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Bacon onion dip is the hit of any party. Everyone will love this updated classic.
I’m one of those people whose childhood years was well defined by the books that I read at the time.
One series that was particularly influential in elementary school was the Sleepover Friends series. Did anyone else read this book? Essentially the four girls constantly wrote letters to each other and also had a weekly sleepover that rotated among the houses.
Through Sleepover Friends I learned of things like avocado face masks, edible sugared flowers and bacon onion dip.
Every week one of the girls (the one obsessed with food, of course) would make bacon onion dip for the sleepover. I don’t remember how many times I made my own version of this when I was a kid.
Back then I used onion soup mix and bacon bits (and nixed the olives the book character added). It worked just fine for my refined pre-teen tastes, but since then I’ve refined the recipe to use freshly cooked bacon and pan-sautéed onions.
While the dip does take a bit of extra time this way, the results are worth it. I always love bringing recipes like roasted veggie dip to parties. They’re perfect to make ahead of time for any occasion, so if you have a party coming up add this one to the menu.
Be careful to not position yourself near the bowl at the buffet, or your entire meal might end up being chips and dip. Not that I would have ever done that.
How to sauté onions
For this bacon onion dip I cook the onions low and slow, using the rendered bacon fat.
Slice the onion into half-moons and add them to the fat, stirring to coat completely. You can cut them smaller before cooking if you like, as you will chop them later. I prefer to cook the onion when it is in larger pieces.
The heat needs to be at about medium low here to cook the onions. They should be nicely softened without any burned or crispy bits, so frequent stirring is important.
You can cook them to caramelized if you like, but I admit I am impatient and never make it that long. Caramelization takes almost an hour; these onions cook for 20 minutes.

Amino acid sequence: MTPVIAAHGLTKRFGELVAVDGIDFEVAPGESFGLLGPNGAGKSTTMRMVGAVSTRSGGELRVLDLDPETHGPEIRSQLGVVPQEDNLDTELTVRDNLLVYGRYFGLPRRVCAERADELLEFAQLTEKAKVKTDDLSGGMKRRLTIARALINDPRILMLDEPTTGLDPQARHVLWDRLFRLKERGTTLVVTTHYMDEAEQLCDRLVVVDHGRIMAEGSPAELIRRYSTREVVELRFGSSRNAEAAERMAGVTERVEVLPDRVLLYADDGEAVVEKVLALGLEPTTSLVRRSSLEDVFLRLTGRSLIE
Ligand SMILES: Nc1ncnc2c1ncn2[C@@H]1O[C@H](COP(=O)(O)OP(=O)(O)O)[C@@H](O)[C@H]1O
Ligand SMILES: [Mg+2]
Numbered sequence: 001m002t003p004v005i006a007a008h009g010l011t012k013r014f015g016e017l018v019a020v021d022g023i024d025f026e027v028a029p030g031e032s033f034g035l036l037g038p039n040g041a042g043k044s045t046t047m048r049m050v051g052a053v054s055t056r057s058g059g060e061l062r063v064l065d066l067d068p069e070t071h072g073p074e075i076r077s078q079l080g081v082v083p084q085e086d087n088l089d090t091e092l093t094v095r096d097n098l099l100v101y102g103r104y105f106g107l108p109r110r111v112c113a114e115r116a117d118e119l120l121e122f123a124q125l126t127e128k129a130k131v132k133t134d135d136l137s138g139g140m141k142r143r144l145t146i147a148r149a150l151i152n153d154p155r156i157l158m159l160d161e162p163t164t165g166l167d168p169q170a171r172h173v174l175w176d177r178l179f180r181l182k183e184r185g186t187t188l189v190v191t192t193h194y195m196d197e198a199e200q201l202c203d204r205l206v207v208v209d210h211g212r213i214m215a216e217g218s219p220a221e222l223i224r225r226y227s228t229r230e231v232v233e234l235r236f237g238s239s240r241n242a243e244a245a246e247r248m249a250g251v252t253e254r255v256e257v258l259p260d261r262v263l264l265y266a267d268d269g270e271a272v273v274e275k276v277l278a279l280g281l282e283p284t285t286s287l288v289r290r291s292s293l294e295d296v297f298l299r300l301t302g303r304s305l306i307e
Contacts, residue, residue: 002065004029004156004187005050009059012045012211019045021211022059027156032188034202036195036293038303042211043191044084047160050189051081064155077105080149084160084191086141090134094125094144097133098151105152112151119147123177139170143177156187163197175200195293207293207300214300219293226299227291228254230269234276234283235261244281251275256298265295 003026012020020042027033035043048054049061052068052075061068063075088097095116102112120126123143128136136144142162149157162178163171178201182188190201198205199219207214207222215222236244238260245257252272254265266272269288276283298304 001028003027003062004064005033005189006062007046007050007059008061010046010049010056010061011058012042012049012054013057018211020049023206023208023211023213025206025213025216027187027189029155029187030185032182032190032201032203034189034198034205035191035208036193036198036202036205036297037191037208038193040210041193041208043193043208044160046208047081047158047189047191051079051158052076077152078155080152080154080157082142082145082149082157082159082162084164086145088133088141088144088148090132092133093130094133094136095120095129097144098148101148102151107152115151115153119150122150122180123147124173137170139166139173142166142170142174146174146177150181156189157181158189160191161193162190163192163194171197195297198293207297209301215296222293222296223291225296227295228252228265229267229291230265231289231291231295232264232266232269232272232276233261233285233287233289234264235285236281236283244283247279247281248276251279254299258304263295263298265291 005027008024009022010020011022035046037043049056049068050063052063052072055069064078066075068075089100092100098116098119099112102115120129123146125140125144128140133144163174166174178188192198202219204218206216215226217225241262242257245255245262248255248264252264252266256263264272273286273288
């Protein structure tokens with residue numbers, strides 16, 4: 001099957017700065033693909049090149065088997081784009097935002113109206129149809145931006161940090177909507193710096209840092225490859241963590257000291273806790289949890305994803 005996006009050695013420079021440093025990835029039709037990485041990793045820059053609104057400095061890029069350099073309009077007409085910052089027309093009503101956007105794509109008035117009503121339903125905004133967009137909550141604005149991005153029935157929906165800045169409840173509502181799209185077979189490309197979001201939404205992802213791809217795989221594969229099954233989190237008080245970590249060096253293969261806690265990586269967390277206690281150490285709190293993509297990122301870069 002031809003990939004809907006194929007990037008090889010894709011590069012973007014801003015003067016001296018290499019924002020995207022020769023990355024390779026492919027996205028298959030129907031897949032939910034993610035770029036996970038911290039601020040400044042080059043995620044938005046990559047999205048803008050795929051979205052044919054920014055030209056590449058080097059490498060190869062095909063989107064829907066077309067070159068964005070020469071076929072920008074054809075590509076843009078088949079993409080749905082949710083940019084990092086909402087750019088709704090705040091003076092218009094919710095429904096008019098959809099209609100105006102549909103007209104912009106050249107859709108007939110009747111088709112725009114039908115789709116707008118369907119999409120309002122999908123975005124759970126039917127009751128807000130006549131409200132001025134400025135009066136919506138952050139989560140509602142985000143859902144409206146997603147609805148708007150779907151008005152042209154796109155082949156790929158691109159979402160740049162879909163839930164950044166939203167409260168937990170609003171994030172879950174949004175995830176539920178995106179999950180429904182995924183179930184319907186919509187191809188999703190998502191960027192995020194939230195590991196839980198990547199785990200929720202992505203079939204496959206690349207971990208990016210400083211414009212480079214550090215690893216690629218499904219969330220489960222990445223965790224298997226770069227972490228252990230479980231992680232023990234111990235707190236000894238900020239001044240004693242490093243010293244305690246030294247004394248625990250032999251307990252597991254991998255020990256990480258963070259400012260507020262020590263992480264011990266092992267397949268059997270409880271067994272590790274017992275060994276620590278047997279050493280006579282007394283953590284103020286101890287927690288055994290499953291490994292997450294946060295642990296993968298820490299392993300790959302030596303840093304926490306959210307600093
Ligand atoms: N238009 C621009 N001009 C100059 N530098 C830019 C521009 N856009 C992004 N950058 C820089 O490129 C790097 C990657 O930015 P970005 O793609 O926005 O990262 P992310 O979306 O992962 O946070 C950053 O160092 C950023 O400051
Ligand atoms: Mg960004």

How to make bacon onion dip
While the bacon and onion cook, set out the cream cheese so it softens. The bacon and onion both get chopped into small pieces.
Mix together the cream cheese and sour cream before adding the bacon and onion. Since cream cheese is thick, this will help the ingredients blend completely and prevent any chunks of cream cheese within.
Stir in the bacon and onion until really well mixed. You likely don’t need salt here thanks to the salt in the bacon. Also keep in mind what you’ll be serving the dish with. Salted potato chips means less salt in the dip!
I also add green onion to my dip for a sharper flavor and contrast to the sweetness of the sautéed onions. Save some of the chopped green onion to garnish the top of the dip just before serving.
This dip is on the thicker side, so remove it from the refrigerator about 30 minutes before serving. It’s also excellent served warm; just heat it in an ovenproof dish for 20 minutes at 350°F.
Serve with ridged potato chips, pretzels, or veggies.
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Bacon Onion Dip
- 3 slices bacon
- 5 ounces sliced onion
- 2 green onions, trimmed and diced
- 8 ounces sour cream
- 4 ounces cream cheese, softened
- In a skillet, cook bacon until crisp. Reserve to a paper-towel lined plate to drain and cool. Do not wipe out pan.
- Add onion to bacon fat and stir to coat. Reduce heat to medium-low and cook, stirring occasionally, until onions are very soft. Let cool slightly.
- In a medium bowl, stir together sour cream and softened cream cheese.
- Chop bacon and onions into small pieces, then add bacon, sauteed onion, and green onion into sour cream mixture. Stir until well combined.
- Garnish with additional green onion and serve immediately, or chill until ready to eat.
Nutrition information is provided as a courtesy and is an estimate based on online calculators. Any nutritional information found on Stetted should be used as a general guideline only.
I focus on fresh ingredients and easy methods, with spins that keep meals interesting. Dinnertime shouldn’t be stressful or complicated, and I’m here to help you enjoy the time spent in the kitchen. Read more…